In a 2013 case, FM Express Food Mart, 7 the court upheld a Comptroller assessment against a convenience store based upon an estimate of sales calculated using third-party purchase records reported to the Comptroller by its alcohol and tobacco vendors. The auditor examined a sample of the records, applied a standard markup, made adjustments for spoilage and food stamp purchases, and assessed tax on the difference between the estimated sales and the reported sales. The taxpayer challenged the estimation methods and contended it had not received adequate notification of the sampling methodology, but the taxpayer was unable to present summary judgment evidence showing that the estimate was “unreasonable, excessive or that it was reached arbitrarily and capriciously,” so it was determined to be within the Comptroller’s authority to uphold the estimate.

In Ayeni, 8 another 2013 case, the court further held that a Comptroller’s certificate of delinquency satisfied the taxing authority’s initial summary judgment burden, shifting the burden to the taxpayer to raise a fact issue in order to avoid an adverse summary judgment. The taxpayer’s verified denial in answering the lawsuit was insufficient to shift that burden without evidence controverting the alleged liabilities. Conclusory affidavits merely asserting that the taxpayer’s amounts were correct and the Comptroller’s amounts too high did not provide sufficient proof to overcome the assessment.

Conclusion

Knowing the burden of proof and which party bears that burden for each element of a case is critical to effective trial preparation. In evaluating trial strategy and gathering evidence it is important for clients to understand who bears the burden, the standard applying to evaluate that burden, and what evidentiary deadlines might restrict a taxpayer’s ability to provide relevant evidence to establish the burden. State tax cases may, especially at the administrative level, shift on the burden of proof. Beware of legislative changes, as well: they may impose a higher burden on the taxpayer, such as additional documentation or exemption requirements.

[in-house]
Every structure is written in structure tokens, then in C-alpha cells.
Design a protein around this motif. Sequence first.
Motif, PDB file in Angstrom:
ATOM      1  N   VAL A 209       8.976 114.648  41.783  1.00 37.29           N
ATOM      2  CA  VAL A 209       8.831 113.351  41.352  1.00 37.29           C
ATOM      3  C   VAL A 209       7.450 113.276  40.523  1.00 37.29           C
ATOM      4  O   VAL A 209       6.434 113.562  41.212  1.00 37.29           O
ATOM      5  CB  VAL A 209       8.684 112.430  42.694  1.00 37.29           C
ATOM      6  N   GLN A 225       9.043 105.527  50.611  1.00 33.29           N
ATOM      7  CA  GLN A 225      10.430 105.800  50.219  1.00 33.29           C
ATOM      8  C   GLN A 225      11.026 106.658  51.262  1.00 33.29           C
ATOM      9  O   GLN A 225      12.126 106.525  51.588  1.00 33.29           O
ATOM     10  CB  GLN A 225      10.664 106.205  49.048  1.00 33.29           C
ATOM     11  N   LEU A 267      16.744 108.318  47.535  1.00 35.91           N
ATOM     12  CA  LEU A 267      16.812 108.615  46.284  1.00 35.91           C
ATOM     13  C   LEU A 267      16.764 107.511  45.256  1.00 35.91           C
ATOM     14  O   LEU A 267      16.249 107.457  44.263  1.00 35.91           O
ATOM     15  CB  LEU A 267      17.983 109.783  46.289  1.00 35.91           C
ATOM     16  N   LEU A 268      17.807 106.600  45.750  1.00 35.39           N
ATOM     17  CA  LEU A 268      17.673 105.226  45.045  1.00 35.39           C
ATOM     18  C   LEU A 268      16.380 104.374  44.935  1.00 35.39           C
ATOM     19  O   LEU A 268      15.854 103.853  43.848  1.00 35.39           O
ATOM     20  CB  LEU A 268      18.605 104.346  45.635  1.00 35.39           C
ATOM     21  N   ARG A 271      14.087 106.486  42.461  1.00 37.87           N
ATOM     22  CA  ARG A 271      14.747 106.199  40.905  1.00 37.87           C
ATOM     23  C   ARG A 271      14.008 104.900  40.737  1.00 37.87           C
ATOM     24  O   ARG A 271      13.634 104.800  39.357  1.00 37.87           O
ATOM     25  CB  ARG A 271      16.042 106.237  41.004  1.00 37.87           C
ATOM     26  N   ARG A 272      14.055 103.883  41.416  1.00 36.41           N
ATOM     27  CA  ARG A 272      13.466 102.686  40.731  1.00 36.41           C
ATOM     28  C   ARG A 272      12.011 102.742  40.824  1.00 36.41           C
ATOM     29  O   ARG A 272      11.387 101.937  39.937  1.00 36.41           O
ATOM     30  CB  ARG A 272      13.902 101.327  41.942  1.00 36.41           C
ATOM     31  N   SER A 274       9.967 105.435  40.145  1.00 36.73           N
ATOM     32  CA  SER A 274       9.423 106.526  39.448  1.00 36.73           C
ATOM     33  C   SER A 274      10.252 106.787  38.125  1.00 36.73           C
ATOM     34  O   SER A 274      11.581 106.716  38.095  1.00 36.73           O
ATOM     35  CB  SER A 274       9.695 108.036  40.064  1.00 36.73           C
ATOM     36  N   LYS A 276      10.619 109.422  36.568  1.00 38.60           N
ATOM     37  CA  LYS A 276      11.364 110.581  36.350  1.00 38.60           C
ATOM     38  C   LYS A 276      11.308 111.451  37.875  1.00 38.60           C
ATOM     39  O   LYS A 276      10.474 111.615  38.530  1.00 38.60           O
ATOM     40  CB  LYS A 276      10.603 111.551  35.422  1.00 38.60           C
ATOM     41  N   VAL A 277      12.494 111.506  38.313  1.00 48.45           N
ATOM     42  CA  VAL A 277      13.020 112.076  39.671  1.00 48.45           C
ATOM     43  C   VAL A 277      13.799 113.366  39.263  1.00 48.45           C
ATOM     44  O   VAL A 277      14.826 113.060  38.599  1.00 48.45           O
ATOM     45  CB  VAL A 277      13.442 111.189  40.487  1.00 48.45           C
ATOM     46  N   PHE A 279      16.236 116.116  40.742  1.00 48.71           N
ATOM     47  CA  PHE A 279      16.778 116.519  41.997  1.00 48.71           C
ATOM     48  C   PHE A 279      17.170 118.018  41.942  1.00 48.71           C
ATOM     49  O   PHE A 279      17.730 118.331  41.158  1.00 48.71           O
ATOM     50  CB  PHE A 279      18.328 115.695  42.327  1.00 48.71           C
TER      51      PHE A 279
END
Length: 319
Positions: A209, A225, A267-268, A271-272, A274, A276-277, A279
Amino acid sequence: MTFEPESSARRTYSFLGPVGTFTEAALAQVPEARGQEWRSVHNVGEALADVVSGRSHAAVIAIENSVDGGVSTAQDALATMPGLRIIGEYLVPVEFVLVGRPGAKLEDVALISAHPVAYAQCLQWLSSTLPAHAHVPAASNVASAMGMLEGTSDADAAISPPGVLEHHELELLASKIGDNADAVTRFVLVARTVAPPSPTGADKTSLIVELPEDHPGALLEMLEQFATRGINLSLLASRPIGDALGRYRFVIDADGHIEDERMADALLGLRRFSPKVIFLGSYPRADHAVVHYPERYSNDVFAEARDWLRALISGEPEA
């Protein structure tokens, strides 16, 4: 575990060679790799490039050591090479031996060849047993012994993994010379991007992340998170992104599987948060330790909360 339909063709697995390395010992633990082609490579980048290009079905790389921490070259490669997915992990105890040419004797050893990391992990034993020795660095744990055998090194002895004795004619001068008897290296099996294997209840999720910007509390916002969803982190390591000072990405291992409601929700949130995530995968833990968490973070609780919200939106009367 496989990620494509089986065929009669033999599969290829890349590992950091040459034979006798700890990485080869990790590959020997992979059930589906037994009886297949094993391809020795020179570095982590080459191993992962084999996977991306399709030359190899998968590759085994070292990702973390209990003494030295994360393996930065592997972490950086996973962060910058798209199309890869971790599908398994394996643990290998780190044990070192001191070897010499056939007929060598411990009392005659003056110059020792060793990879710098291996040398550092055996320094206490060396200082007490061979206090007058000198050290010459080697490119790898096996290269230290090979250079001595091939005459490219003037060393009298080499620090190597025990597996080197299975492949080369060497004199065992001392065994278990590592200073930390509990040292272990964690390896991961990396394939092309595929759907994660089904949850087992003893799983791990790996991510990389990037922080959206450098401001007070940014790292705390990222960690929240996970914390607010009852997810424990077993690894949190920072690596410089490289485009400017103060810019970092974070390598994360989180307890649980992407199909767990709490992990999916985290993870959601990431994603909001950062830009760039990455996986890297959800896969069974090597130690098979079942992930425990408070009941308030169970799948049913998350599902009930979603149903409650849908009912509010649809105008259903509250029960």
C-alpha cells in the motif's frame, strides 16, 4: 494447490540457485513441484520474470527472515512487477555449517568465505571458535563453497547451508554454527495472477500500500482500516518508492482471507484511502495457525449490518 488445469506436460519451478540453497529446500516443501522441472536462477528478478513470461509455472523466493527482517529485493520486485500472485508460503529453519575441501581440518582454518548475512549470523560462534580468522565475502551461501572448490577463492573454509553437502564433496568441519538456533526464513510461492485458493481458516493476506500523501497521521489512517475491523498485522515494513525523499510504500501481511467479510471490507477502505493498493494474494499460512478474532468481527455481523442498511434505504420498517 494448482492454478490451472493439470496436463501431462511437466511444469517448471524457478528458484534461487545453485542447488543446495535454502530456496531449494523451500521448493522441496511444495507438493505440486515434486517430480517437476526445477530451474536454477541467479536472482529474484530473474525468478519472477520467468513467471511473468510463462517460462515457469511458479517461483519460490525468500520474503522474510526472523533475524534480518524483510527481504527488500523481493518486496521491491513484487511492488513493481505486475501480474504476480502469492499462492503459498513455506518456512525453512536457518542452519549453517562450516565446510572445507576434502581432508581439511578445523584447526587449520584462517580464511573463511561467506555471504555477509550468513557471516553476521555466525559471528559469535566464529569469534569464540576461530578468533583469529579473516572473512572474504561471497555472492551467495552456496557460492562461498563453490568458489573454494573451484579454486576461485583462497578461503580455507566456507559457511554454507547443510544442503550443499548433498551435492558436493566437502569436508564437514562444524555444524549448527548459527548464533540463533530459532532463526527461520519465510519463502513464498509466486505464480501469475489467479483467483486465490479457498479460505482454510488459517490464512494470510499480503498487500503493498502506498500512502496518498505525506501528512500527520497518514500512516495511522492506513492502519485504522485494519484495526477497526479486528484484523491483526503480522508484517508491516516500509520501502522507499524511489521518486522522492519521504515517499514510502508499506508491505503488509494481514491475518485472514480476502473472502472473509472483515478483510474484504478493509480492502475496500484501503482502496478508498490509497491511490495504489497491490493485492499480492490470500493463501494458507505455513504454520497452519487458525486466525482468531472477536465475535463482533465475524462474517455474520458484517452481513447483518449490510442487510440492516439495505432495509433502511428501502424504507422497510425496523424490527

1 Black’s Law Dictionary (10th ed. 2014) (defining evidence standards).

2 See, e.g., 34 Tex. Admin. Code Ann. § 1.40, which imposes a burden of proof by “clear and convincing evidence” when the Texas Comptroller seeks to impose the 50% additional tax penalty for willful or fraudulent failure to pay tax.

3 Tex. Tax Code Ann. § 151.0101.

4 Allstate Ins. Co. v. Hegar, Tex. App. – Austin (Feb 18, 2016), Cause No. 03-13-00351-CV (pet. denied Mar. 31, 2017).

5 Comptroller Rule 3.287 (d)(2).

6 Tex. Tax Code Ann. §151.503.

7 FM Express Food Mart, Inc. v. Combs, ___ S.W.3d ___ (Tex. App. – Austin 2013), Cause No. 03-12-00144-CV.

8 Ayeni v. State, ___ S.W.3d ___ (Tex. App. – Austin 2013), Cause No. 03-11-00604-CV.